I've been using SimRAD (an in-silico digestion package for R). If memory serves, my simulated genomes resulted in little difference in cutting frequency between the two enzymes.

However, using the whale shark genome as a proxy (I'm working with a shark from the same superorder...it was as close as I could get!), it appears that PstI cuts about 4.5 times more often than BamHI on average.

Data from digests performed on human genomes seem to generally support the idea that PstI is a more frequent cutter:

GGATCC (BamHI) = 126.1 cut-sites/Mbp
CTGCAG (PstI) = 452.8 cut-sites/Mbp

http://tools.neb.com/~posfai/TheoFra...est.human.html

Pretty interesting stuff!

Just to be safe, I've contacted the manufacturer and they are sending a sample replacement. Another test should ease my worries.

Quote:
Originally Posted by ATϟGC
I would add one caveat about using PCR to test if BamHI has worked: If you do not eliminate fragments with two PstI ends from the B+P sample you may still get amplification of fragments of the appropriate size that are essentially useless for high-throughput sequencing as they will not have the appropriate adapters on each end.
This is true, although according to my simulations, and based on my adapter/oligo design, only fragments with cutsites from BamHI should be amplified. So there will be a few BamHI/BamHI fragments, but they should (in theory) be in the minority, if BamHI is indeed a rare cutter.

SimRAD simulations with the whale shark draft genome seem to indicate that these fragments will make up 10% - 15% of my total number/volume, but I'm hesitant to trust these simulations quite so explicitly.

Thanks again for your responses. This forum is a wonderful resource, and I appreciate all of your advice! I'll do my best to pay it forward.
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Old 11-06-2015, 11:24 AM   #6
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You are correct nucacidhunter that the theory does not always hold true. I apologize that my second sentence did not clearly convey that it is an approximation based on the assumption that base order is completely random, which obviously is not true. I also should have mentioned that I was assuming that PstI was the P1 end (rare cutter) for the first round of PCR when in this case it should be BamHI since it does appear to cut less often. I know that Peterson et al (2012) warn of potential P1-P1 amplification products so I thought I would mention it as a possibility.

Sean, your evidence certainly suggests that PstI is cutting much more frequently than BamHI, so what you see on the gel is likely the real deal.
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Old 11-06-2015, 05:11 PM   #7
nucacidhunter
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Quote:
Originally Posted by Carcharodon View Post
SimRAD simulations with the whale shark draft genome seem to indicate that these fragments will make up 10% - 15% of my total number/volume, but I'm hesitant to trust these simulations quite so explicitly.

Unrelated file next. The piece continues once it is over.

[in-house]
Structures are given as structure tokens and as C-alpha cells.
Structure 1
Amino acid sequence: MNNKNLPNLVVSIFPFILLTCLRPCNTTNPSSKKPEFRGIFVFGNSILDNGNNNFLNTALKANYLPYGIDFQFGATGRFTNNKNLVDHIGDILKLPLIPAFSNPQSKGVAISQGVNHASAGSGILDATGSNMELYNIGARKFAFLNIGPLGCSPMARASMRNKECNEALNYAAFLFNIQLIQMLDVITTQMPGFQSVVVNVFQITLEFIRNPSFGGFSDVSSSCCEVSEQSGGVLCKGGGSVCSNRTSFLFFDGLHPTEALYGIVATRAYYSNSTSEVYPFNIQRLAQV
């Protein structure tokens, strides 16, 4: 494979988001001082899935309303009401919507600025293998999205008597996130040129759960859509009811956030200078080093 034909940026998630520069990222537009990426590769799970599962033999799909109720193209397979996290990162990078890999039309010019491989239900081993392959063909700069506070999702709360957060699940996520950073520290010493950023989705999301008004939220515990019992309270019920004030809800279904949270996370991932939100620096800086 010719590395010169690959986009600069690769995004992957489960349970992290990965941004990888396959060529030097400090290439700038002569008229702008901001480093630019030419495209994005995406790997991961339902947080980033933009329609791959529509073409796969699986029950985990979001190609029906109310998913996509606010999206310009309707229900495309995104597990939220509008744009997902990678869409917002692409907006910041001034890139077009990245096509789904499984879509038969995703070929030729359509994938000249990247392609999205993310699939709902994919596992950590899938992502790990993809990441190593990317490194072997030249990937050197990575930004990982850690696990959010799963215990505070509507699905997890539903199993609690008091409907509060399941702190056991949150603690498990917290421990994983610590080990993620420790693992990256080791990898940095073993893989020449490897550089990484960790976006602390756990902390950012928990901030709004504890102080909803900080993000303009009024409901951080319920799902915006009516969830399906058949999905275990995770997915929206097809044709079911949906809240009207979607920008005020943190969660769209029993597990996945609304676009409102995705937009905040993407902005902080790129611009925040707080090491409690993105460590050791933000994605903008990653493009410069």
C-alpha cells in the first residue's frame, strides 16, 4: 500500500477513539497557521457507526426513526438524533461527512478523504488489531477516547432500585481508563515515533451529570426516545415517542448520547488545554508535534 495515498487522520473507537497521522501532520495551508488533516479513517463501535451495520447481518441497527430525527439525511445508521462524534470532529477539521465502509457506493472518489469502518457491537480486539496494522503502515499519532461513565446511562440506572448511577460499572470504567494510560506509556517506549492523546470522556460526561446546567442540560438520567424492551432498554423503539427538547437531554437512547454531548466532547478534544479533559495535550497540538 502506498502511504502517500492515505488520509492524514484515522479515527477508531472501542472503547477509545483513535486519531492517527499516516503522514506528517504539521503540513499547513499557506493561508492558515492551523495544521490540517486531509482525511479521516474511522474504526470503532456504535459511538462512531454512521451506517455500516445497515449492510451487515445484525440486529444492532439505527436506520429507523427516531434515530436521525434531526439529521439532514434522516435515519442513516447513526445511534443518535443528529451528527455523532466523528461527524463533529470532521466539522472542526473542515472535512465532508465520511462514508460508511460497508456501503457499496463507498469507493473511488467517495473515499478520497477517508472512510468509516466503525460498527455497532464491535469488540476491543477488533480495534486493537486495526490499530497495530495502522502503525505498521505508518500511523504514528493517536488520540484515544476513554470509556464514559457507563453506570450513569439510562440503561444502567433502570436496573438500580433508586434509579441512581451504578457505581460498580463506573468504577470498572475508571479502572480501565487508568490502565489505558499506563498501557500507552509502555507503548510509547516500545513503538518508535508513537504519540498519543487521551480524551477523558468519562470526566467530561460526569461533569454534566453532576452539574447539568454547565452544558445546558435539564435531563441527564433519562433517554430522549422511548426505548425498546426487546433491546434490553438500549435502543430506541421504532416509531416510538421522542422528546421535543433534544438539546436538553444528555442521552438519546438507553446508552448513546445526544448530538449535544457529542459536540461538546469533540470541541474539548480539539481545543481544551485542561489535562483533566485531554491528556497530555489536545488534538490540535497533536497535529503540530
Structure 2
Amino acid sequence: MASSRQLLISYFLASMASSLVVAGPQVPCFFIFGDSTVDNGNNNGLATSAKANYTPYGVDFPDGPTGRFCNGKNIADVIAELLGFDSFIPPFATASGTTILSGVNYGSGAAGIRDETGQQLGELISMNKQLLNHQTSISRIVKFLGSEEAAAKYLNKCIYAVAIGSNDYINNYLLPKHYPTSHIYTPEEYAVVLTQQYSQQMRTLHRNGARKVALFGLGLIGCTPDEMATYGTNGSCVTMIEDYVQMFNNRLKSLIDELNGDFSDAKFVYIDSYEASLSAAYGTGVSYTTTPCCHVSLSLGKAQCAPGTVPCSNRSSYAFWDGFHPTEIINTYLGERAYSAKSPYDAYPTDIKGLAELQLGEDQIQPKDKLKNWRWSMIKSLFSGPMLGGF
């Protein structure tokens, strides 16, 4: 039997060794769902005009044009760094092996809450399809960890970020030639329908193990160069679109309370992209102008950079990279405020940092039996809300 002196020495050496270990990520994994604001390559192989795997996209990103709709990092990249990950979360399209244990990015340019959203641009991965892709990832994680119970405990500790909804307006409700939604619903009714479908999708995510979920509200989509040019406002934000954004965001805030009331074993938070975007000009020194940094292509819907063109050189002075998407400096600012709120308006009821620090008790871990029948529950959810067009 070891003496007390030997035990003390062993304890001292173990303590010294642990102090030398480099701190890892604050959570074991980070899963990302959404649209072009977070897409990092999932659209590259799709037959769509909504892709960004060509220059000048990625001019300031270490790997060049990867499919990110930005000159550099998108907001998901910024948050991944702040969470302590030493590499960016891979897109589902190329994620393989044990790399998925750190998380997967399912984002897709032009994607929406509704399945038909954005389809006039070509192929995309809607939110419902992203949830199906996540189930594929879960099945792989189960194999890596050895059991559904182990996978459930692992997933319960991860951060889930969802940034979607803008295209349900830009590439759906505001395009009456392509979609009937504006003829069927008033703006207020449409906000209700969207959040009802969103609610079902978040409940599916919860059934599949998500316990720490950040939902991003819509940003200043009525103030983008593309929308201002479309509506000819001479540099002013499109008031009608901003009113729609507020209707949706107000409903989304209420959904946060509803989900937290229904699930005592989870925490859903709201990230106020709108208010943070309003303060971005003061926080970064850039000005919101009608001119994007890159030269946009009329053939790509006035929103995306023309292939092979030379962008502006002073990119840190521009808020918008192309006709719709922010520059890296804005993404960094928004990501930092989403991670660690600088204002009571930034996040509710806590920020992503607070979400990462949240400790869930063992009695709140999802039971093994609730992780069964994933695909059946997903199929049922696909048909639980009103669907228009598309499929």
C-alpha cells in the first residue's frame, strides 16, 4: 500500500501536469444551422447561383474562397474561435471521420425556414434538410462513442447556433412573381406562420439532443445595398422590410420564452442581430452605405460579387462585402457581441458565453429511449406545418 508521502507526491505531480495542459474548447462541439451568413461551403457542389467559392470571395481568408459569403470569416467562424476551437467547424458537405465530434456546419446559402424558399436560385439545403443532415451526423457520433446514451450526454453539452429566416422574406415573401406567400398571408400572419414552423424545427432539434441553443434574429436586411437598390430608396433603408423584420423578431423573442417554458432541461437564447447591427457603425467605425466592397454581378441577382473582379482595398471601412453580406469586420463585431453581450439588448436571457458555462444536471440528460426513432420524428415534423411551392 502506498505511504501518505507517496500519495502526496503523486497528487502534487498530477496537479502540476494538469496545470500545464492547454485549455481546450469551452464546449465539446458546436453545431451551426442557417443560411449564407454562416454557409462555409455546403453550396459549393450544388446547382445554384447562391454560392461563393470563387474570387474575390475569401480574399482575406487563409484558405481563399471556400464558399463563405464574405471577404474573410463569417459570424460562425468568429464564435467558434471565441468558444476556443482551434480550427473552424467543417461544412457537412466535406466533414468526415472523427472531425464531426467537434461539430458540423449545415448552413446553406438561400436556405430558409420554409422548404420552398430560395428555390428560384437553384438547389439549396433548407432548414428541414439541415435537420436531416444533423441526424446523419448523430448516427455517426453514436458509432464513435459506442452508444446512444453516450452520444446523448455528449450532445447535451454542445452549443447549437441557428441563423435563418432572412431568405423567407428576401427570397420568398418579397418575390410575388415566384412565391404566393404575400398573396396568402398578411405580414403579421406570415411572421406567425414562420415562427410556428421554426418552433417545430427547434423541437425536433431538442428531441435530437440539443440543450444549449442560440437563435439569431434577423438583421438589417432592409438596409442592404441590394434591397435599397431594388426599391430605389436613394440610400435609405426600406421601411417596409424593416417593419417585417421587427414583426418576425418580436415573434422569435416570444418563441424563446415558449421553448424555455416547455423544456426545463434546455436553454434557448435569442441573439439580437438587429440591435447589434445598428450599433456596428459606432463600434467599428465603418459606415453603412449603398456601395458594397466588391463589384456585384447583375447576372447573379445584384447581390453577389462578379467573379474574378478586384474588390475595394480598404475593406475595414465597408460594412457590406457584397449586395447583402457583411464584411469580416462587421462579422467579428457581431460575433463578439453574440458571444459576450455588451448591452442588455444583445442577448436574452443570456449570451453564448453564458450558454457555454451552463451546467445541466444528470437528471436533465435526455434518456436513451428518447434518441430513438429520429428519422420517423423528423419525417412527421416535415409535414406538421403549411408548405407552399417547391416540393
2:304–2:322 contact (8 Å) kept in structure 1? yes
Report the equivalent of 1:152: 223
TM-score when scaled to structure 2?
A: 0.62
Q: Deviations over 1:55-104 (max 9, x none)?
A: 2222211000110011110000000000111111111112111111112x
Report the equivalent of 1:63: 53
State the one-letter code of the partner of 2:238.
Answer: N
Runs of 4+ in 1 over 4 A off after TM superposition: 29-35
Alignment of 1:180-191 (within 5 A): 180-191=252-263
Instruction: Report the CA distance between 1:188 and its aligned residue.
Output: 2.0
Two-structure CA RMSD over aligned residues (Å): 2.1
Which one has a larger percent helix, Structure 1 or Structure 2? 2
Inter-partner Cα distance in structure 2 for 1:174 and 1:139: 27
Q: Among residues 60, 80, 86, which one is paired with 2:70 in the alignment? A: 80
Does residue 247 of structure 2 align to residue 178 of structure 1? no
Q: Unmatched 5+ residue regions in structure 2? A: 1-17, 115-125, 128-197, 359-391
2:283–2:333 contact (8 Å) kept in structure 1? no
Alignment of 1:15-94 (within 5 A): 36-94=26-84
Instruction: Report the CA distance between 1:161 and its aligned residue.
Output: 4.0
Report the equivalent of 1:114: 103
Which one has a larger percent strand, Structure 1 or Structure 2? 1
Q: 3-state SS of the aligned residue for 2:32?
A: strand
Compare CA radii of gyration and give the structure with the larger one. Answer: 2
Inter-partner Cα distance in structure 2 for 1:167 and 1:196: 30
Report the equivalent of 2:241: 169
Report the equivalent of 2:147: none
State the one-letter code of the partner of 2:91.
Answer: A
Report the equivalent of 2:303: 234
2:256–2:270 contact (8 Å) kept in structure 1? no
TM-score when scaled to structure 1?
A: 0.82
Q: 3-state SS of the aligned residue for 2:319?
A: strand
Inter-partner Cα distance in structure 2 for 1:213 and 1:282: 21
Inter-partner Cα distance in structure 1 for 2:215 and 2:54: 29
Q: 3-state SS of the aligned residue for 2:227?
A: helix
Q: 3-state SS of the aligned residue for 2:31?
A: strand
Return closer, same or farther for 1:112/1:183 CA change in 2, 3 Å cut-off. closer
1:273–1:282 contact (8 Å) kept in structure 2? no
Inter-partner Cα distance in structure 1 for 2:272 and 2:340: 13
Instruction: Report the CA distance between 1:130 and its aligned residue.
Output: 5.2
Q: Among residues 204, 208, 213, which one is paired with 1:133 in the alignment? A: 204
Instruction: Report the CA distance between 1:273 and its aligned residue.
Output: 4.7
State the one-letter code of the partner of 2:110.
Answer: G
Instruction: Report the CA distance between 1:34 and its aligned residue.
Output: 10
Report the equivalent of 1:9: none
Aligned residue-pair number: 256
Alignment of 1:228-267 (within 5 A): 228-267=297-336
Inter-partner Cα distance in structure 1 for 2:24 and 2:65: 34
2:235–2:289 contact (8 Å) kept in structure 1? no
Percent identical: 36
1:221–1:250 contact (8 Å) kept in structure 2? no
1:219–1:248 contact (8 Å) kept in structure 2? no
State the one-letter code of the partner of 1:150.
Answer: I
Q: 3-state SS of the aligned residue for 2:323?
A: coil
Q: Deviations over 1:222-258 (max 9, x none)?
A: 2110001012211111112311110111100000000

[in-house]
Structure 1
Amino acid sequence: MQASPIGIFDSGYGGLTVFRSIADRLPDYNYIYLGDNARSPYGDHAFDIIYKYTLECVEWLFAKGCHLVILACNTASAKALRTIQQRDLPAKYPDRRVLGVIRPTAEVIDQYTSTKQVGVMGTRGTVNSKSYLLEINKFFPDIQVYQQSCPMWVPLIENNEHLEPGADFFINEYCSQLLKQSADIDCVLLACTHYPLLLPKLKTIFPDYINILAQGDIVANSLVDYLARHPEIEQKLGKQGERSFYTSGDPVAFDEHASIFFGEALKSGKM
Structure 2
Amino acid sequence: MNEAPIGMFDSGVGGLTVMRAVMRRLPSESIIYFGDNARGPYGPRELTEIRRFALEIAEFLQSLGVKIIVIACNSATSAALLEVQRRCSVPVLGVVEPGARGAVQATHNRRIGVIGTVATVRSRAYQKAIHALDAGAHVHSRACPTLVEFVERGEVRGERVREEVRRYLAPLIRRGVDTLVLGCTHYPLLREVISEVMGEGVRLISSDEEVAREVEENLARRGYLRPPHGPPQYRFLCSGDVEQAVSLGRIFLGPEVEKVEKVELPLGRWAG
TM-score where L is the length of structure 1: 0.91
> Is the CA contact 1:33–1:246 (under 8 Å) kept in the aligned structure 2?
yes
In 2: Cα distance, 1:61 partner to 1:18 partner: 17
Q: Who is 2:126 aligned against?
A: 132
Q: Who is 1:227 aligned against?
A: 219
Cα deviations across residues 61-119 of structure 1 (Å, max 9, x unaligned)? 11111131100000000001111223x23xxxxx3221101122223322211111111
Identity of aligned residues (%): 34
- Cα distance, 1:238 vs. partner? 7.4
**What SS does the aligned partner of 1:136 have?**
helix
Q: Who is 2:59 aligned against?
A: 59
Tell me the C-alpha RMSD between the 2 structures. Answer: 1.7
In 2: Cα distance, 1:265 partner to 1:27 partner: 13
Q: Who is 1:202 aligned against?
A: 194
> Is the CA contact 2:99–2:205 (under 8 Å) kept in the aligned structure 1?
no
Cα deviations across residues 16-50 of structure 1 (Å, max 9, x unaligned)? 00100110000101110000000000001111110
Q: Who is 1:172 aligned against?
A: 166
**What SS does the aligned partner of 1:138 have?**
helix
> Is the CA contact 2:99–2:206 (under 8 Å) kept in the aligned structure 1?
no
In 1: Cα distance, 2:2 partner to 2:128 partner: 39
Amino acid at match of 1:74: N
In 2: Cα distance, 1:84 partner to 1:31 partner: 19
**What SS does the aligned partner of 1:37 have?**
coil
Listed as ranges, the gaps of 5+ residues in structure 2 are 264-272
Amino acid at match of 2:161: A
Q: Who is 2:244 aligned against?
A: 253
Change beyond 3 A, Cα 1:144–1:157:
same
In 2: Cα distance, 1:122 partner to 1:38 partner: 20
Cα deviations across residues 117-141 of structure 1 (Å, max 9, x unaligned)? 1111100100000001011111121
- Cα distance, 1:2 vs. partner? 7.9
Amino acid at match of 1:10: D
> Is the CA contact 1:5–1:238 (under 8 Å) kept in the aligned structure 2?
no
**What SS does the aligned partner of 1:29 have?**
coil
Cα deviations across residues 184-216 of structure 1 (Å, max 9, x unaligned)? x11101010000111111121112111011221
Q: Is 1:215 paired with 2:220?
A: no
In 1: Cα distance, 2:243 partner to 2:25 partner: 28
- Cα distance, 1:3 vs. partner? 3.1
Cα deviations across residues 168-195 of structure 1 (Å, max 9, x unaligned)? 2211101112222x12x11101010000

From those 10-15% only a small subset would be in size-selection window and end up in ddRAD library. In my experience they are below 3% although it would vary from genome to genome and the enzymes used for digestion. They can cause overestimation of library concentration by qPCR resulting in slightly lower cluster number than expectation.

If you suspect that your batch of enzyme has lost activity you can digest another species DNA such as E coli with it for testing.

I have had species that like yours did not seem has been digested and I could not see any fragment below 1kb on Bioanalyser HS DNA Chip (prominently a large peak at higher molecular weight) but after double digest and size-selection in a range below 400 bp, PCR yielded good libraries and results were fine.
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Old 11-11-2015, 07:03 AM   #8
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Are you sure you didn't switch the samples during loading? I mean an 8GB genome, that is probably a plant. Plants with genomes that large are massively cytosine-methylated. PstI is blocked by CNG methylation (but not by CG methylation!)
So, anyway, the lane you labeled "BamHI" looks like typical large genome plant genomic DNA digest with PstI.
Of course this may not be plant DNA. In which case, never mind...
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Old 11-11-2015, 09:55 AM   #9
SNPsaurus
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Check out the username of the OP, pmiguel.

and http://www.genomesize.com/result_species.php?id=1701
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Old 11-11-2015, 10:13 AM   #10
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Quote:
Originally Posted by SNPsaurus View Post
Check out the username of the OP, pmiguel.

and http://www.genomesize.com/result_species.php?id=1701
Ah.